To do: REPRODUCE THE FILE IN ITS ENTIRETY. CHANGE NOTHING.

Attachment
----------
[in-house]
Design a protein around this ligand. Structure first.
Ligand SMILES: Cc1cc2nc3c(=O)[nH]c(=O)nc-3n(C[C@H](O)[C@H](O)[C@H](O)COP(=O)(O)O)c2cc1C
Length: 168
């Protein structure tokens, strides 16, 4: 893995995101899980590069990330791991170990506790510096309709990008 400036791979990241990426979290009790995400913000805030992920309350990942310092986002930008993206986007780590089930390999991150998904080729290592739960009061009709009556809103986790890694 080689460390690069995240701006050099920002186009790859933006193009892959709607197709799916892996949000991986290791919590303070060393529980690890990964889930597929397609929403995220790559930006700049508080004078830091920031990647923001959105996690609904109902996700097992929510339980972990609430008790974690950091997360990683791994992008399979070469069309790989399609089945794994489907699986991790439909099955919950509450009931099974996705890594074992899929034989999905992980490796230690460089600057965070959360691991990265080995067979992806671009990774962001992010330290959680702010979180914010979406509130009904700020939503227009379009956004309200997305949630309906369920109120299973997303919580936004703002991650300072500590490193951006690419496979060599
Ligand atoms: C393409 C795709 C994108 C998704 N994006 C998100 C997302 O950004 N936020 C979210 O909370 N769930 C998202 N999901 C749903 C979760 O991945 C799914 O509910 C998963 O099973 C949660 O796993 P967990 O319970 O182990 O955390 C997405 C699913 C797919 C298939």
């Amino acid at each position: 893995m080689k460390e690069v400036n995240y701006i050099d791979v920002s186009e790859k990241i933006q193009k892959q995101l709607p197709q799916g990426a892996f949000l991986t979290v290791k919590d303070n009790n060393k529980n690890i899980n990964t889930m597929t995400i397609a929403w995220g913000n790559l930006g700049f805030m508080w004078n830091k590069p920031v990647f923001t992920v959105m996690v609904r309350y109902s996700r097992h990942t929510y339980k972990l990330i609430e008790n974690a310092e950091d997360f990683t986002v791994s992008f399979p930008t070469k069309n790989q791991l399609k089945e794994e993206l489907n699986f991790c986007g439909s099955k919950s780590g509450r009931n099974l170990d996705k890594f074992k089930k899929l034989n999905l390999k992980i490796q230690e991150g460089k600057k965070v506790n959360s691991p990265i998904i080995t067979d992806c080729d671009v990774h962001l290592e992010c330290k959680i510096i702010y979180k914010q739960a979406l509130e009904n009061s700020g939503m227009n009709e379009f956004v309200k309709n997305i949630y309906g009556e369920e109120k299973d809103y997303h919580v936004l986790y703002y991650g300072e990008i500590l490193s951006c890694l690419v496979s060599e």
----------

[in-house]
Design a protein around this ligand. Structure first.
Ligand SMILES: Cc1cc2nc3c(=O)[nH]c(=O)nc-3n(C[C@H](O)[C@H](O)[C@H](O)COP(=O)(O)O)c2cc1C
Length: 168
């Protein structure tokens, strides 16, 4: 893995995101899980590069990330791991170990506790510096309709990008 400036791979990241990426979290009790995400913000805030992920309350990942310092986002930008993206986007780590089930390999991150998904080729290592739960009061009709009556809103986790890694 080689460390690069995240701006050099920002186009790859933006193009892959709607197709799916892996949000991986290791919590303070060393529980690890990964889930597929397609929403995220790559930006700049508080004078830091920031990647923001959105996690609904109902996700097992929510339980972990609430008790974690950091997360990683791994992008399979070469069309790989399609089945794994489907699986991790439909099955919950509450009931099974996705890594074992899929034989999905992980490796230690460089600057965070959360691991990265080995067979992806671009990774962001992010330290959680702010979180914010979406509130009904700020939503227009379009956004309200997305949630309906369920109120299973997303919580936004703002991650300072500590490193951006690419496979060599
Ligand atoms: C393409 C795709 C994108 C998704 N994006 C998100 C997302 O950004 N936020 C979210 O909370 N769930 C998202 N999901 C749903 C979760 O991945 C799914 O509910 C998963 O099973 C949660 O796993 P967990 O319970 O182990 O955390 C997405 C699913 C797919 C298939």
């Amino acid at each position: 893995m080689k460390e690069v400036n995240y701006i050099d791979v920002s186009e790859k990241i933006q193009k892959q995101l709607p197709q799916g990426a892996f949000l991986t979290v290791k919590d303070n009790n060393k529980n690890i899980n990964t889930m597929t995400i397609a929403w995220g913000n790559l930006g700049f805030m508080w004078n830091k590069p920031v990647f923001t992920v959105m996690v609904r309350y109902s996700r097992h990942t929510y339980k972990l990330i609430e008790n974690a310092e950091d997360f990683t986002v791994s992008f399979p930008t070469k069309n790989q791991l399609k089945e794994e993206l489907n699986f991790c986007g439909s099955k919950s780590g509450r009931n099974l170990d996705k890594f074992k089930k899929l034989n999905l390999k992980i490796q230690e991150g460089k600057k965070v506790n959360s691991p990265i998904i080995t067979d992806c080729d671009v990774h962001l290592e992010c330290k959680i510096i702010y979180k914010q739960a979406l509130e009904n009061s700020g939503m227009n009709e379009f956004v309200k309709n997305i949630y309906g009556e369920e109120k299973d809103y997303h919580v936004l986790y703002y991650g300072e990008i500590l490193s951006c890694l690419v496979s060599e």